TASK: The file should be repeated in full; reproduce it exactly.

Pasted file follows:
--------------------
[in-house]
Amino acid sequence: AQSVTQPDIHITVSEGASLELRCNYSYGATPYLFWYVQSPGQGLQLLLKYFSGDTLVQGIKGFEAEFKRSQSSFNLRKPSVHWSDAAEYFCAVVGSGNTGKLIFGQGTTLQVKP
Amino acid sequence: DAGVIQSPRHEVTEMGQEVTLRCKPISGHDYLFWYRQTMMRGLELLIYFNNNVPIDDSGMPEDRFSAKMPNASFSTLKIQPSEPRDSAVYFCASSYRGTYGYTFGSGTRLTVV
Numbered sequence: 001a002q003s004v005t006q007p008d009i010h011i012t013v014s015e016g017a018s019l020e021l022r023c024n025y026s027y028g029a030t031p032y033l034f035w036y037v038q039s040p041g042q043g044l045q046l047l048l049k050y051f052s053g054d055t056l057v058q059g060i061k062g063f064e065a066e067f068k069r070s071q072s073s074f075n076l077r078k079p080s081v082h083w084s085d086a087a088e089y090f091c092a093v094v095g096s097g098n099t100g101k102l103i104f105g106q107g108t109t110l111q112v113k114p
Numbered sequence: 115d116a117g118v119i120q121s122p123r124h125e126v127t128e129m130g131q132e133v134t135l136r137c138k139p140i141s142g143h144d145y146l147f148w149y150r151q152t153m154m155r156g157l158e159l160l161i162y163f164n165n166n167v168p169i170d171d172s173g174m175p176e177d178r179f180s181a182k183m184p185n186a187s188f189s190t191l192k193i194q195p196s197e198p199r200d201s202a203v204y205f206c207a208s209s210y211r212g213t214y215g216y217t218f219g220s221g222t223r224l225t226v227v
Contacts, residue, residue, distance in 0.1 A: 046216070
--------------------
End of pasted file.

[in-house]
Amino acid sequence: AQSVTQPDIHITVSEGASLELRCNYSYGATPYLFWYVQSPGQGLQLLLKYFSGDTLVQGIKGFEAEFKRSQSSFNLRKPSVHWSDAAEYFCAVVGSGNTGKLIFGQGTTLQVKP
Amino acid sequence: DAGVIQSPRHEVTEMGQEVTLRCKPISGHDYLFWYRQTMMRGLELLIYFNNNVPIDDSGMPEDRFSAKMPNASFSTLKIQPSEPRDSAVYFCASSYRGTYGYTFGSGTRLTVV
Numbered sequence: 001a002q003s004v005t006q007p008d009i010h011i012t013v014s015e016g017a018s019l020e021l022r023c024n025y026s027y028g029a030t031p032y033l034f035w036y037v038q039s040p041g042q043g044l045q046l047l048l049k050y051f052s053g054d055t056l057v058q059g060i061k062g063f064e065a066e067f068k069r070s071q072s073s074f075n076l077r078k079p080s081v082h083w084s085d086a087a088e089y090f091c092a093v094v095g096s097g098n099t100g101k102l103i104f105g106q107g108t109t110l111q112v113k114p
Numbered sequence: 115d116a117g118v119i120q121s122p123r124h125e126v127t128e129m130g131q132e133v134t135l136r137c138k139p140i141s142g143h144d145y146l147f148w149y150r151q152t153m154m155r156g157l158e159l160l161i162y163f164n165n166n167v168p169i170d171d172s173g174m175p176e177d178r179f180s181a182k183m184p185n186a187s188f189s190t191l192k193i194q195p196s197e198p199r200d201s202a203v204y205f206c207a208s209s210y211r212g213t214y215g216y217t218f219g220s221g222t223r224l225t226v227v
Contacts, residue, residue, distance in 0.1 A: 046216070